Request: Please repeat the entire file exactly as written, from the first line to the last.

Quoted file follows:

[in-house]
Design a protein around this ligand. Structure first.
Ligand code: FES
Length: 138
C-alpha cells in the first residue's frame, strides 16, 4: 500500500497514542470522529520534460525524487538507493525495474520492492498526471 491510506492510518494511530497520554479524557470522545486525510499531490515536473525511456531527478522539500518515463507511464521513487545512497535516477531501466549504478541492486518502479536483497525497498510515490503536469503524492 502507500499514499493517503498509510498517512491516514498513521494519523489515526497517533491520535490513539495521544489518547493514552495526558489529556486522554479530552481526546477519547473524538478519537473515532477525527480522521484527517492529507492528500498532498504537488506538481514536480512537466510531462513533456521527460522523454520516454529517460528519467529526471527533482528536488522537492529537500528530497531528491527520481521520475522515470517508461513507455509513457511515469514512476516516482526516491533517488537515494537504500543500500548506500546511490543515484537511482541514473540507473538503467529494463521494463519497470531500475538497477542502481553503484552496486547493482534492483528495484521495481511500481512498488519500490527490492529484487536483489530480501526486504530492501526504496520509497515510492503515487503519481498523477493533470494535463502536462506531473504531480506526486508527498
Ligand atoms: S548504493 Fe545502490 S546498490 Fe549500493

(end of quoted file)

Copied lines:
[in-house]
Design a protein around this ligand. Structure first.
Ligand code: FES
Length: 138
C-alpha cells in the first residue's frame, strides 16, 4: 500500500497514542470522529520534460525524487538507493525495474520492492498526471 491510506492510518494511530497520554479524557470522545486525510499531490515536473525511456531527478522539500518515463507511464521513487545512497535516477531501466549504478541492486518502479536483497525497498510515490503536469503524492 502507500499514499493517503498509510498517512491516514498513521494519523489515526497517533491520535490513539495521544489518547493514552495526558489529556486522554479530552481526546477519547473524538478519537473515532477525527480522521484527517492529507492528500498532498504537488506538481514536480512537466510531462513533456521527460522523454520516454529517460528519467529526471527533482528536488522537492529537500528530497531528491527520481521520475522515470517508461513507455509513457511515469514512476516516482526516491533517488537515494537504500543500500548506500546511490543515484537511482541514473540507473538503467529494463521494463519497470531500475538497477542502481553503484552496486547493482534492483528495484521495481511500481512498488519500490527490492529484487536483489530480501526486504530492501526504496520509497515510492503515487503519481498523477493533470494535463502536462506531473504531480506526486508527498
Ligand atoms: S548504493 Fe545502490 S546498490 Fe549500493